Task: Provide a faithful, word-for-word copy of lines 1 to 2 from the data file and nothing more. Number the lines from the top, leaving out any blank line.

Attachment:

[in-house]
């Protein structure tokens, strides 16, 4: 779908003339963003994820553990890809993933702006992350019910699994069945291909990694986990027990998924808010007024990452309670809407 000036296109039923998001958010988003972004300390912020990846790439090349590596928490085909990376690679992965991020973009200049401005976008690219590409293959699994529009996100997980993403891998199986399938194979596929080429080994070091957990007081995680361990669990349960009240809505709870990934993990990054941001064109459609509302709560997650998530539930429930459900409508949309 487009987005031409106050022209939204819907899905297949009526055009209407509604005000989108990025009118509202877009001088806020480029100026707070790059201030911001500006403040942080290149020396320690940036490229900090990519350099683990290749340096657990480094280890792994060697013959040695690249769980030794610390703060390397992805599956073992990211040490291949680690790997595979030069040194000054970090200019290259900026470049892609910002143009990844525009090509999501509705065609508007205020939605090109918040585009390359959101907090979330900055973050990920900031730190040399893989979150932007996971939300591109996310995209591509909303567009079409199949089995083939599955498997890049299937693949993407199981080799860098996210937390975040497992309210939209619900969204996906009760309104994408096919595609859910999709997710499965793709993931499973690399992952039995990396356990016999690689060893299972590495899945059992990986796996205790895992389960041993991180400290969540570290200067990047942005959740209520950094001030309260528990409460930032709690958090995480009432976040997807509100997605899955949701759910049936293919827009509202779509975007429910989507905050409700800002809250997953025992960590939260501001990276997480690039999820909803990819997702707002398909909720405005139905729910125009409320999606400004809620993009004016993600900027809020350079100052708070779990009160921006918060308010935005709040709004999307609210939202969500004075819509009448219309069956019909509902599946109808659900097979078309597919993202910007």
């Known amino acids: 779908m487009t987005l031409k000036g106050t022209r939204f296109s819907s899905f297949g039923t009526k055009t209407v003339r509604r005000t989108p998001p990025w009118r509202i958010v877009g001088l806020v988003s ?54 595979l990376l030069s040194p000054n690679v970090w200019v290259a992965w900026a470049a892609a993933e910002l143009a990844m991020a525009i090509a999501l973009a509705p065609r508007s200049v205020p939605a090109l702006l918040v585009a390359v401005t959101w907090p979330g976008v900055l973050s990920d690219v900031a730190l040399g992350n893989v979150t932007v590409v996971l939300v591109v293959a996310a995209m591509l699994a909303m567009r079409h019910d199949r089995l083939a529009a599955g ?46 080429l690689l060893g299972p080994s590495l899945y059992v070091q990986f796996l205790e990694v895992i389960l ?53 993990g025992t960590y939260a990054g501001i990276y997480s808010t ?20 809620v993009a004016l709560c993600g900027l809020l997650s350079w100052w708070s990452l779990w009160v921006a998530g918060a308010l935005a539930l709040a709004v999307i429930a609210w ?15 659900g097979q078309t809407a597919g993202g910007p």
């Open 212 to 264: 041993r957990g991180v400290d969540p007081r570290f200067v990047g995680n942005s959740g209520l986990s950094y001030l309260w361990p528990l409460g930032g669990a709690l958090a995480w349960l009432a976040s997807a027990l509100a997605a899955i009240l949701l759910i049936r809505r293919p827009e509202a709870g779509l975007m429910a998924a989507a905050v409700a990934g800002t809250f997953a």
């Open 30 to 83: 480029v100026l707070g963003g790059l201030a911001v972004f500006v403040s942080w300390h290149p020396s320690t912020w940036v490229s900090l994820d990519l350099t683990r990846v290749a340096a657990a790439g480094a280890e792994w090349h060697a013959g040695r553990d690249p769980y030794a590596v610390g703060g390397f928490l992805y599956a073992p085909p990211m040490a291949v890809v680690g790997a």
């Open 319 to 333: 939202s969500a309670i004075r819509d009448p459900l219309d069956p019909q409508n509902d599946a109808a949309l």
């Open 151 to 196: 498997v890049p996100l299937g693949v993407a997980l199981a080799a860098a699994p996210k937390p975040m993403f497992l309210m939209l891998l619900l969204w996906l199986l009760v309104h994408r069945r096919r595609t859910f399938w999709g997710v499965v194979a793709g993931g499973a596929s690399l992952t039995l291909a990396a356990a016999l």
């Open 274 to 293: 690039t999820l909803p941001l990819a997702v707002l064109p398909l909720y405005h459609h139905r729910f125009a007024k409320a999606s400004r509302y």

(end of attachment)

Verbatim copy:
[in-house]
């Protein structure tokens, strides 16, 4: 779908003339963003994820553990890809993933702006992350019910699994069945291909990694986990027990998924808010007024990452309670809407 000036296109039923998001958010988003972004300390912020990846790439090349590596928490085909990376690679992965991020973009200049401005976008690219590409293959699994529009996100997980993403891998199986399938194979596929080429080994070091957990007081995680361990669990349960009240809505709870990934993990990054941001064109459609509302709560997650998530539930429930459900409508949309 487009987005031409106050022209939204819907899905297949009526055009209407509604005000989108990025009118509202877009001088806020480029100026707070790059201030911001500006403040942080290149020396320690940036490229900090990519350099683990290749340096657990480094280890792994060697013959040695690249769980030794610390703060390397992805599956073992990211040490291949680690790997595979030069040194000054970090200019290259900026470049892609910002143009990844525009090509999501509705065609508007205020939605090109918040585009390359959101907090979330900055973050990920900031730190040399893989979150932007996971939300591109996310995209591509909303567009079409199949089995083939599955498997890049299937693949993407199981080799860098996210937390975040497992309210939209619900969204996906009760309104994408096919595609859910999709997710499965793709993931499973690399992952039995990396356990016999690689060893299972590495899945059992990986796996205790895992389960041993991180400290969540570290200067990047942005959740209520950094001030309260528990409460930032709690958090995480009432976040997807509100997605899955949701759910049936293919827009509202779509975007429910989507905050409700800002809250997953025992960590939260501001990276997480690039999820909803990819997702707002398909909720405005139905729910125009409320999606400004809620993009004016993600900027809020350079100052708070779990009160921006918060308010935005709040709004999307609210939202969500004075819509009448219309069956019909509902599946109808659900097979078309597919993202910007």